The Farseer family rules the Six Duchies as they have for many generations but dire times are at hand. The Red Ships are raiding the coastal cities and King Shrewd's health is failing. He has many sons so the line of succession is well defined and with the King in poor health Prince Verity does the majority of the ruling. Of course that doesn't sit well with Prince Regal, a selfish and cruel individual who is the son furthest down the line of succession and unhappy with his station. Sound familiar?
The Summoner trilogy, by Taran Matharu, is a YA series that combines classic rpg video game elements, a Hogwart's like academy, and the teen vs teen survival trials of the Hunger Games. Fletcher is an orphan who finds, and successfully uses, a demon summoning scroll in a world where the human battlemage summoners support the army in an endless conflict with the orcs.
Brandon Sanderson's magnum opus continues with Words of Radiance (Book 2 of The StormLight Archive) clocking in at 1088 pages which makes it the biggest book ever printed by Tor Books. I only wish it were bigger - it's that good. The world is rich and deep, the characters are complex, and the magic systems are true Brandon Sanderson - well defined, unique, and interesting. All of the main characters are back and the story just gets bigger and bigger. For most authors the end of this book would be a satisfying conclusion to any series but it is obvious that this one is just getting started. Sanderson set the bar so awfully high with the Mistborn series that I am truly impressed he was able to surpass himself with the Stormlight Archive.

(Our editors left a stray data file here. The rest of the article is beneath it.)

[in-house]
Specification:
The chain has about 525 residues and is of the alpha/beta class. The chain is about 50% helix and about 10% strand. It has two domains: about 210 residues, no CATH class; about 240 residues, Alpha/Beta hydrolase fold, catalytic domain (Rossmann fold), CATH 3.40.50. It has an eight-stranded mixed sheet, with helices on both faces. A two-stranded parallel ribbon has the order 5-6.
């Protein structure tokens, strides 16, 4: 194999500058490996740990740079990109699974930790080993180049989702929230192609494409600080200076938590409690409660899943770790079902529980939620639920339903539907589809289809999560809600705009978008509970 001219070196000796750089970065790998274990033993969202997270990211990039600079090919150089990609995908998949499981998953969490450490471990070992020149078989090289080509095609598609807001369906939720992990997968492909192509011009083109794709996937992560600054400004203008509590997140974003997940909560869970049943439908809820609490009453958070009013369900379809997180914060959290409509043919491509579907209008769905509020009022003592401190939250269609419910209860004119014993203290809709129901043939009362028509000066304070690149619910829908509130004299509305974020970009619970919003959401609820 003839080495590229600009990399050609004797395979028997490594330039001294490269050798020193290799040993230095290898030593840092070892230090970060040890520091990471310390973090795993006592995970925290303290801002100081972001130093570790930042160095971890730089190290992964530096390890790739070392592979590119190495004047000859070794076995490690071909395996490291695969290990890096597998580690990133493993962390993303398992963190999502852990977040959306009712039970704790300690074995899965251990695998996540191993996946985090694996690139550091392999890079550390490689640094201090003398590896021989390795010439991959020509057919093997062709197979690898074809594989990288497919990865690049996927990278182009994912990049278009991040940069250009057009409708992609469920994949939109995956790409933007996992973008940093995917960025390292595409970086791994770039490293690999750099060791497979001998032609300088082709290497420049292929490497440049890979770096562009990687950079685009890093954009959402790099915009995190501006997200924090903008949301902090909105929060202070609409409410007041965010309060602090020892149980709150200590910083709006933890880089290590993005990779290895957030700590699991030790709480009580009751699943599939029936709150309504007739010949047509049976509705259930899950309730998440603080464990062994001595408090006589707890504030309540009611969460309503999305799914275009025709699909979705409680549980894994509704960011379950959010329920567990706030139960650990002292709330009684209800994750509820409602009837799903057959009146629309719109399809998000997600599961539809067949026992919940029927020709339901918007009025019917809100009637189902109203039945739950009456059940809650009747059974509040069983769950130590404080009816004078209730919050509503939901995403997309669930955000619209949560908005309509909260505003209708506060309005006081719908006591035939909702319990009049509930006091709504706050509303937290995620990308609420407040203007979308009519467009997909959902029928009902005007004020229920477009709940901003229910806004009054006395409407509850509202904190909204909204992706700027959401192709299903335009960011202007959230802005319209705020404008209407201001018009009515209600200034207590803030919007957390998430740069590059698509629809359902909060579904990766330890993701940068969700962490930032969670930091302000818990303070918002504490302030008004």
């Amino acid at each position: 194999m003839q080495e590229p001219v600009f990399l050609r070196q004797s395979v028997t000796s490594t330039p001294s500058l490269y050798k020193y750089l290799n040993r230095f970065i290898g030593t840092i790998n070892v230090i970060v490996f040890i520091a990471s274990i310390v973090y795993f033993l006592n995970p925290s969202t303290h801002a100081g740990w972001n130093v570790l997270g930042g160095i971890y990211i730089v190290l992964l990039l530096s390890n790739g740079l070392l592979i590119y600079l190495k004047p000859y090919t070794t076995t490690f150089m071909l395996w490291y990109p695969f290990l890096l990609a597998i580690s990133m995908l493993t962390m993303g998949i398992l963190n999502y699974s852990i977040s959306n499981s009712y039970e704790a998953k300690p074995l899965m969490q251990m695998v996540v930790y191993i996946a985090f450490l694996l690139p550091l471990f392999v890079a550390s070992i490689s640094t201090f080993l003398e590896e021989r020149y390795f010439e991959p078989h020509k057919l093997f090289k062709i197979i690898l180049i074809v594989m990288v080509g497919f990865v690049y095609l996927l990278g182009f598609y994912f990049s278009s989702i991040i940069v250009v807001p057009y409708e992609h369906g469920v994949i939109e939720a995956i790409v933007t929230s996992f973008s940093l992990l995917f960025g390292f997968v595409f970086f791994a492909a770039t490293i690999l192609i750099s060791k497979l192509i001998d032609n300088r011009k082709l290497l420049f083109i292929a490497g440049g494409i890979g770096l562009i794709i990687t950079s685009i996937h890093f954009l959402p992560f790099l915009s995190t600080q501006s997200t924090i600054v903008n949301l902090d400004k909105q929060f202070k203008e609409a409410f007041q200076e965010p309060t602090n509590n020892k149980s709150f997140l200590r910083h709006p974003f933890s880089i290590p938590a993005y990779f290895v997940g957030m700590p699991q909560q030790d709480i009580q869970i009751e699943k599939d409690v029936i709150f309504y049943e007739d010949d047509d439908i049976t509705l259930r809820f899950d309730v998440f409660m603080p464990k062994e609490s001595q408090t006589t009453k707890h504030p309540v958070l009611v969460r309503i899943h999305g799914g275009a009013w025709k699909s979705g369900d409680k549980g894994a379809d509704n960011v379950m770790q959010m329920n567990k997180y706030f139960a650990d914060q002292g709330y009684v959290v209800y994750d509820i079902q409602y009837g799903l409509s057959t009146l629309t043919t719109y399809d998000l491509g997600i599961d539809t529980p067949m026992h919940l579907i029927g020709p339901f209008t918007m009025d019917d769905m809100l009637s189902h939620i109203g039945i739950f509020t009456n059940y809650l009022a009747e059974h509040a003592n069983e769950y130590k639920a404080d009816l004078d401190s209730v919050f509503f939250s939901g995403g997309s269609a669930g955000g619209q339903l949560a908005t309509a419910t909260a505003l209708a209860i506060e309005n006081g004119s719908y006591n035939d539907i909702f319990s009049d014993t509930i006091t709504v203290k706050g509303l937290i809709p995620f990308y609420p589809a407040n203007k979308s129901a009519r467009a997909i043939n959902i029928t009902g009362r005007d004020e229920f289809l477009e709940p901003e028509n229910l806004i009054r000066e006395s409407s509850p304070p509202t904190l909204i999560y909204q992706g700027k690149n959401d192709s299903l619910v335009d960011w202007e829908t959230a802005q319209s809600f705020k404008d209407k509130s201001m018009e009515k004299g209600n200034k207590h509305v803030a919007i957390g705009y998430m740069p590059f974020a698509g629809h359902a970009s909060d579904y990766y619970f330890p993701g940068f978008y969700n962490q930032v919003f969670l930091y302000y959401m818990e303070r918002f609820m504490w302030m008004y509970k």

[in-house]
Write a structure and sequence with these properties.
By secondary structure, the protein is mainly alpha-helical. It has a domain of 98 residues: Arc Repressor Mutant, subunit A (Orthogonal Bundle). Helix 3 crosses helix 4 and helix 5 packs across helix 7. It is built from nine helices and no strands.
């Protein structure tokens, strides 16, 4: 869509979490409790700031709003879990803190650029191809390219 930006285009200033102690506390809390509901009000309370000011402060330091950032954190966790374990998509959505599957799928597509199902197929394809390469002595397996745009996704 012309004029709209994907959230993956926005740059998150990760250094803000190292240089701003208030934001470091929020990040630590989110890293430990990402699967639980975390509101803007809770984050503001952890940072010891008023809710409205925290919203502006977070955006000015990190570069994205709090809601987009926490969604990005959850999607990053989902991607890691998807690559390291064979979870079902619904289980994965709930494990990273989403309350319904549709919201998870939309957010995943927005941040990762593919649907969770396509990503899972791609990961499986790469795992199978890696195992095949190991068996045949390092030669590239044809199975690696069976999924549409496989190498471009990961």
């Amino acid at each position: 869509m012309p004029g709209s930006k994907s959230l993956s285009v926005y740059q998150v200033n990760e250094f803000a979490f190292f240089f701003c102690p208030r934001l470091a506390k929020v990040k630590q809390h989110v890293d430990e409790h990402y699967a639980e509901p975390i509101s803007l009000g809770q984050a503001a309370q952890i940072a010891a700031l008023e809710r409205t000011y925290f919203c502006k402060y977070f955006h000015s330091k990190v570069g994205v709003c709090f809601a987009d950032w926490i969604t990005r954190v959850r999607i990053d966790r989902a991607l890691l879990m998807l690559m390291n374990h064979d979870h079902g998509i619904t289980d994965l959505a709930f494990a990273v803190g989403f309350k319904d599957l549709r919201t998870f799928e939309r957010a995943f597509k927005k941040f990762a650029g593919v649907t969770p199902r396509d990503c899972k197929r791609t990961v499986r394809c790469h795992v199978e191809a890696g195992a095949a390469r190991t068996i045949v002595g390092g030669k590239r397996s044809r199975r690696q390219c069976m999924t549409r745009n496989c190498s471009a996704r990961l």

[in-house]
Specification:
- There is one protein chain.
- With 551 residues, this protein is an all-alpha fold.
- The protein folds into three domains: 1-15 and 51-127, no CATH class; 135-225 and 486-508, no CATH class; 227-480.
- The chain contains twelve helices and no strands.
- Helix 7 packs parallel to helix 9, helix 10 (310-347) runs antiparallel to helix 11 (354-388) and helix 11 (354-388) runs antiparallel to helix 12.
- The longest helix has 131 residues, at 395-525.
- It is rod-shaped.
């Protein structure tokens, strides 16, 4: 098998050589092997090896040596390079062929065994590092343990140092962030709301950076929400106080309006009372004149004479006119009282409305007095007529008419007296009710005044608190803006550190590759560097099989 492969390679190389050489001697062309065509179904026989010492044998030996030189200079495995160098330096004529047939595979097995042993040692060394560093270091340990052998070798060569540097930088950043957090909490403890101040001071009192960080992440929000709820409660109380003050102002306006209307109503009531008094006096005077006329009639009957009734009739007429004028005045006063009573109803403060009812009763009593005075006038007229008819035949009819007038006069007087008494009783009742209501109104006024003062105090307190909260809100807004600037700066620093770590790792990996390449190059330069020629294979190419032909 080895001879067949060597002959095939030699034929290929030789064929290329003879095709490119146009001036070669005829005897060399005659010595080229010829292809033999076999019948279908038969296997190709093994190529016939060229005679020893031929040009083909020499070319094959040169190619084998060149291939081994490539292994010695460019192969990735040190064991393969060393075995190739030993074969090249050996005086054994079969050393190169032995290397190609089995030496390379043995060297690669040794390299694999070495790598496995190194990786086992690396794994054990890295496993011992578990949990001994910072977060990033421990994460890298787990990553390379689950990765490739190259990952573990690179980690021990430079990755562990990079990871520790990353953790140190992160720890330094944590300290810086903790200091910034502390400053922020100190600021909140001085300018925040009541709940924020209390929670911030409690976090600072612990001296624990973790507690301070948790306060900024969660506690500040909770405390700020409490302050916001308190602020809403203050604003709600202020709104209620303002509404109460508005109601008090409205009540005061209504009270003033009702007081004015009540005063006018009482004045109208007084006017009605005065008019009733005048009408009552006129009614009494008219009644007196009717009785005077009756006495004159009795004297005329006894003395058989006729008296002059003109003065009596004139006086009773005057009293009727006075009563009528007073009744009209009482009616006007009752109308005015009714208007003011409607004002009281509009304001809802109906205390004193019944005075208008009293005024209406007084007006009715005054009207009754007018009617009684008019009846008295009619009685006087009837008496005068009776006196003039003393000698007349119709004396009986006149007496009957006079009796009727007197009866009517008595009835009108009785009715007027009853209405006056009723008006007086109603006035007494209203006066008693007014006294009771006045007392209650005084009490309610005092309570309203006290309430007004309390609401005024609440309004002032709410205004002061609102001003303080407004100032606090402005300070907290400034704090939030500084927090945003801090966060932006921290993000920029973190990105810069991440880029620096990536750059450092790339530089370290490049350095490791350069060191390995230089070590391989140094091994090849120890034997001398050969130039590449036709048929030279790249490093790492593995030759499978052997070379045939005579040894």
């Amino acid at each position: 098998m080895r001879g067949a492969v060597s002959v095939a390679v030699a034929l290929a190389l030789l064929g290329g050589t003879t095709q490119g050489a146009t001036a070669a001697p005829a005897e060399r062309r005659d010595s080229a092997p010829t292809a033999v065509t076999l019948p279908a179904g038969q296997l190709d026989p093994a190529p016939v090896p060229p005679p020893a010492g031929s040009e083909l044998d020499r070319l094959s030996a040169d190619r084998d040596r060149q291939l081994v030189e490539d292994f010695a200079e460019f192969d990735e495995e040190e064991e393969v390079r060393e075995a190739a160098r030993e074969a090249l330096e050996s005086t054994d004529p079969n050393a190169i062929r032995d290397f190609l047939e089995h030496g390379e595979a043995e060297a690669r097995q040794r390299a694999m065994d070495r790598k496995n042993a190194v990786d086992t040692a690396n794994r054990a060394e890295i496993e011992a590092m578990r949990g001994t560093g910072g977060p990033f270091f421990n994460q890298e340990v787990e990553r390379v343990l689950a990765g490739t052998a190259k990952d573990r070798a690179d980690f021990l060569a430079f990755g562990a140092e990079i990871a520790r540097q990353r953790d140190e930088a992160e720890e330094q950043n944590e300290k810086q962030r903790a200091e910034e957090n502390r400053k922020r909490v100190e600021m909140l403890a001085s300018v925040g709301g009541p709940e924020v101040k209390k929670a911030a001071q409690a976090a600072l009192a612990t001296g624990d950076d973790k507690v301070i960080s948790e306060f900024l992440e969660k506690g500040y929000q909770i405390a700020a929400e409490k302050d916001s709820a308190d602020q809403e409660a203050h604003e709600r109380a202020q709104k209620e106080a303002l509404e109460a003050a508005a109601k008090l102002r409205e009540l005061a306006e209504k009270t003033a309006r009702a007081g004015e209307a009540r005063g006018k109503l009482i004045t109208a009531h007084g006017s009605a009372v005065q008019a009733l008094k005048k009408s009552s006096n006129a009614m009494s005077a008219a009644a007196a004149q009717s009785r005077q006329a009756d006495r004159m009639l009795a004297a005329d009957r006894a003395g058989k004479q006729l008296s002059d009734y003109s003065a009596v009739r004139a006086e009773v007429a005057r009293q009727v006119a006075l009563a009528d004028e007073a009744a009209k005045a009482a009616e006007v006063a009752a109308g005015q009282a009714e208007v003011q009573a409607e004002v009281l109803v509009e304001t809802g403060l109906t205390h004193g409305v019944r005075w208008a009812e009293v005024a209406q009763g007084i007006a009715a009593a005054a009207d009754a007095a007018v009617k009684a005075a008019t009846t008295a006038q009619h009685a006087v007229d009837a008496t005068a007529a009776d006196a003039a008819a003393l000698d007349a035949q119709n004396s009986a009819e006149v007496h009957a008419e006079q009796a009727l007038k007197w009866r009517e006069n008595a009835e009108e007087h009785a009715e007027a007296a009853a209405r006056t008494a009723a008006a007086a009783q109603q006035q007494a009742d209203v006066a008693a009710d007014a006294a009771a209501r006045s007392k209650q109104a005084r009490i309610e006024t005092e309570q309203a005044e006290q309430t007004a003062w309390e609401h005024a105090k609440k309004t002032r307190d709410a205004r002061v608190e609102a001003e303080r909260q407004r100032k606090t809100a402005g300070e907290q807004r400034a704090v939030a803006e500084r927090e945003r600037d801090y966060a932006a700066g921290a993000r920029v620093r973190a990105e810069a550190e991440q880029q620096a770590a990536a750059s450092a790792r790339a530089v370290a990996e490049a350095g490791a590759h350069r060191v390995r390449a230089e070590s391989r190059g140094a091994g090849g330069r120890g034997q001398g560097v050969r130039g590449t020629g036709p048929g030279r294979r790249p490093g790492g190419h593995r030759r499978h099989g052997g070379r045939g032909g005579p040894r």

Just wow. This is the first book of the Stormlight Archive series and it represents over ten years of world building on the part of Brandon Sanderson. The world is so rich and the magic systems are so detailed that this single book contains more depth than most Fantasy series do in their entirety. The paperback version is 1280 pages (the audiobook is 45+ hours) of great character development and story telling. The entire series is planned to be 10 books in total composed of two story arcs of 5 books each. The Way of Kings is an amazing work of fantasy that grabbed my attention from cover to cover and is not to be missed.
Django Wexler is a strong new voice in military based fantasy, The Thousand Names follows the story of two very different soldiers facing impossible odds under an eccentric new commander. Captain Marcus d'Ivoire was the senior-most surviving officer after a bloody rebellion forces the Colonial Army into retreat. As a common born graduate of the War College he never imagined being in charge of a regiment so he's relieved that the Royal Army is sending a colonel to take charge. Winter Ihernglass is a Ranker, one of the rank and file. Most of the Colonials were sent there because they were an embarrassment or did something criminal but Winter wanted to go where no one would ask questions because "he" is a "she".
A young mage hidden at birth and raised in anonymity by a lowborn family? Check. A coming of age story with a younf male lead and an obvious love interest? Check. An evil rival that wrongs said love interest? Check. I could keep on going but you get the point. If you have read a lot of fantasy literature then you have read this all before, and while there is nothing terribly wrong with The Blacksmith's Son, there is also very little to make it stand apart from the competition. The five book Mageborn series gets off to a mediocre start with this one.